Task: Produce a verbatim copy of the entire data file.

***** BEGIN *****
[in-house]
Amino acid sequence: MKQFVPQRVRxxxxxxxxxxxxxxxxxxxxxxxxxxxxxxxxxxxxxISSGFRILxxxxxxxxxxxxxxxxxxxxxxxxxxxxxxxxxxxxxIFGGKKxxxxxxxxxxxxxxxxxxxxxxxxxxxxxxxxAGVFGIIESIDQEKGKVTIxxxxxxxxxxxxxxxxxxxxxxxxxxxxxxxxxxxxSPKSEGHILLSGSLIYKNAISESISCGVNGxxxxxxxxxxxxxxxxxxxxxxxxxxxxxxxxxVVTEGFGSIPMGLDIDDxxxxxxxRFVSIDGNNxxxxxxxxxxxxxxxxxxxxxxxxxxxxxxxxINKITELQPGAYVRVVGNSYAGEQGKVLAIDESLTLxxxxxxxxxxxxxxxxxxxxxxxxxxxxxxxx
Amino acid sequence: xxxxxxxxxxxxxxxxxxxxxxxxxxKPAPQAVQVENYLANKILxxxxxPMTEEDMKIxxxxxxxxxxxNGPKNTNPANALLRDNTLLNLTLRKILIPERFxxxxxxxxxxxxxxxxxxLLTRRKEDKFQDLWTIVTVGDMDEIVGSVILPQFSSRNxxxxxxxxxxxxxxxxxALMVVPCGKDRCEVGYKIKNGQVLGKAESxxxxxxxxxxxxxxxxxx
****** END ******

[in-house]
Amino acid sequence: MKQFVPQRVRxxxxxxxxxxxxxxxxxxxxxxxxxxxxxxxxxxxxxISSGFRILxxxxxxxxxxxxxxxxxxxxxxxxxxxxxxxxxxxxxIFGGKKxxxxxxxxxxxxxxxxxxxxxxxxxxxxxxxxAGVFGIIESIDQEKGKVTIxxxxxxxxxxxxxxxxxxxxxxxxxxxxxxxxxxxxSPKSEGHILLSGSLIYKNAISESISCGVNGxxxxxxxxxxxxxxxxxxxxxxxxxxxxxxxxxVVTEGFGSIPMGLDIDDxxxxxxxRFVSIDGNNxxxxxxxxxxxxxxxxxxxxxxxxxxxxxxxxINKITELQPGAYVRVVGNSYAGEQGKVLAIDESLTLxxxxxxxxxxxxxxxxxxxxxxxxxxxxxxxx
Amino acid sequence: xxxxxxxxxxxxxxxxxxxxxxxxxxKPAPQAVQVENYLANKILxxxxxPMTEEDMKIxxxxxxxxxxxNGPKNTNPANALLRDNTLLNLTLRKILIPERFxxxxxxxxxxxxxxxxxxLLTRRKEDKFQDLWTIVTVGDMDEIVGSVILPQFSSRNxxxxxxxxxxxxxxxxxALMVVPCGKDRCEVGYKIKNGQVLGKAESxxxxxxxxxxxxxxxxxx